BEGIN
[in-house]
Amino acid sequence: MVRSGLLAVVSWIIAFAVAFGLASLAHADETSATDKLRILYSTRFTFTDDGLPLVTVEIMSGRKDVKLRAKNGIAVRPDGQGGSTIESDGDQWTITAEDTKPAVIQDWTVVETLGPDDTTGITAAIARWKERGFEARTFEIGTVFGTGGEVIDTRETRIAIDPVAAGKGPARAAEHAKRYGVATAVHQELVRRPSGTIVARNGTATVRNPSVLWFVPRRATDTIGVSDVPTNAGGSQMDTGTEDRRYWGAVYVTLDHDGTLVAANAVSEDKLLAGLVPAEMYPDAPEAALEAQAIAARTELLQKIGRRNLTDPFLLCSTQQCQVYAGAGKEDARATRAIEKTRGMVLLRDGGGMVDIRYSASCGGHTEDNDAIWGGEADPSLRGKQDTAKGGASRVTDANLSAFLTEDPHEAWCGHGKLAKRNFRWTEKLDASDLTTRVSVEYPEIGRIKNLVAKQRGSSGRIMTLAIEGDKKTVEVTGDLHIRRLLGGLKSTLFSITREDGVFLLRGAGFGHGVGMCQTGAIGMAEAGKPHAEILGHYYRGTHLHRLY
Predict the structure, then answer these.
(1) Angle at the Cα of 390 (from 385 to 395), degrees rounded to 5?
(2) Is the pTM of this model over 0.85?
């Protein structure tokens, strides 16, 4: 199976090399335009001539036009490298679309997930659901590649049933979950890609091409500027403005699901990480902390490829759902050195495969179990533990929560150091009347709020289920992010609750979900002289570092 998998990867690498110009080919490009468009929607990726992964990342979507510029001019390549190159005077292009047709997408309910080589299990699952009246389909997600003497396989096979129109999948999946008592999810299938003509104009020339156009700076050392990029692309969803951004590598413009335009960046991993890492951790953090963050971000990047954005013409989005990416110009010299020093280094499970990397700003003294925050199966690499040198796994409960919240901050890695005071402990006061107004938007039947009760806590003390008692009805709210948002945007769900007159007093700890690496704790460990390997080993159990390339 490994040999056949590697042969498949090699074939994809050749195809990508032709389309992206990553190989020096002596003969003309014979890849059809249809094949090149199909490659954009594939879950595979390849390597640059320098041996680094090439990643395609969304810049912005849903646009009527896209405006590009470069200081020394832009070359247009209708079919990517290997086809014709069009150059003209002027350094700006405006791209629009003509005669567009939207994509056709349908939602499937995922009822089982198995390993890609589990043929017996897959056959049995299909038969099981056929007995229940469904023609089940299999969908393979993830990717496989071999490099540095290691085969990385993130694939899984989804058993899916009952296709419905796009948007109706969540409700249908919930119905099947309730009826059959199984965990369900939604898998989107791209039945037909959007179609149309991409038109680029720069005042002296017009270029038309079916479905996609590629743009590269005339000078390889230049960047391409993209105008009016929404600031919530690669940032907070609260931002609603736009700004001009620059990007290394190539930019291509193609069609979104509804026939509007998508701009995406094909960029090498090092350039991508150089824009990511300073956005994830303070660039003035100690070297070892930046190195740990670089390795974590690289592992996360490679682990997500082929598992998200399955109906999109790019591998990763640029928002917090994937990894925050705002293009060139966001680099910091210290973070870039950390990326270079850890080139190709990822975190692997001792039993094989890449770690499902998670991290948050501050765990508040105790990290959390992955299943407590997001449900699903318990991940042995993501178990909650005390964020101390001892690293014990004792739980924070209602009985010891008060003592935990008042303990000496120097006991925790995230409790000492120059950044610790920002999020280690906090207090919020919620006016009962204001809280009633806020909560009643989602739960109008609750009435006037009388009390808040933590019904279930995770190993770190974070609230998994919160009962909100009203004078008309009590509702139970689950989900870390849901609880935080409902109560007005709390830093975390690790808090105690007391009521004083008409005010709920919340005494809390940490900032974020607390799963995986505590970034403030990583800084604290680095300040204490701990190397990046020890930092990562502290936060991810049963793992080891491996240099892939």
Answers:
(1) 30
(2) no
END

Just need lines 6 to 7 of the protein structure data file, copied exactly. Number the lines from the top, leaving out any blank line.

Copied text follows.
């Protein structure tokens, strides 16, 4: 199976090399335009001539036009490298679309997930659901590649049933979950890609091409500027403005699901990480902390490829759902050195495969179990533990929560150091009347709020289920992010609750979900002289570092 998998990867690498110009080919490009468009929607990726992964990342979507510029001019390549190159005077292009047709997408309910080589299990699952009246389909997600003497396989096979129109999948999946008592999810299938003509104009020339156009700076050392990029692309969803951004590598413009335009960046991993890492951790953090963050971000990047954005013409989005990416110009010299020093280094499970990397700003003294925050199966690499040198796994409960919240901050890695005071402990006061107004938007039947009760806590003390008692009805709210948002945007769900007159007093700890690496704790460990390997080993159990390339 490994040999056949590697042969498949090699074939994809050749195809990508032709389309992206990553190989020096002596003969003309014979890849059809249809094949090149199909490659954009594939879950595979390849390597640059320098041996680094090439990643395609969304810049912005849903646009009527896209405006590009470069200081020394832009070359247009209708079919990517290997086809014709069009150059003209002027350094700006405006791209629009003509005669567009939207994509056709349908939602499937995922009822089982198995390993890609589990043929017996897959056959049995299909038969099981056929007995229940469904023609089940299999969908393979993830990717496989071999490099540095290691085969990385993130694939899984989804058993899916009952296709419905796009948007109706969540409700249908919930119905099947309730009826059959199984965990369900939604898998989107791209039945037909959007179609149309991409038109680029720069005042002296017009270029038309079916479905996609590629743009590269005339000078390889230049960047391409993209105008009016929404600031919530690669940032907070609260931002609603736009700004001009620059990007290394190539930019291509193609069609979104509804026939509007998508701009995406094909960029090498090092350039991508150089824009990511300073956005994830303070660039003035100690070297070892930046190195740990670089390795974590690289592992996360490679682990997500082929598992998200399955109906999109790019591998990763640029928002917090994937990894925050705002293009060139966001680099910091210290973070870039950390990326270079850890080139190709990822975190692997001792039993094989890449770690499902998670991290948050501050765990508040105790990290959390992955299943407590997001449900699903318990991940042995993501178990909650005390964020101390001892690293014990004792739980924070209602009985010891008060003592935990008042303990000496120097006991925790995230409790000492120059950044610790920002999020280690906090207090919020919620006016009962204001809280009633806020909560009643989602739960109008609750009435006037009388009390808040933590019904279930995770190993770190974070609230998994919160009962909100009203004078008309009590509702139970689950989900870390849901609880935080409902109560007005709390830093975390690790808090105690007391009521004083008409005010709920919340005494809390940490900032974020607390799963995986505590970034403030990583800084604290680095300040204490701990190397990046020890930092990562502290936060991810049963793992080891491996240099892939």
Answers: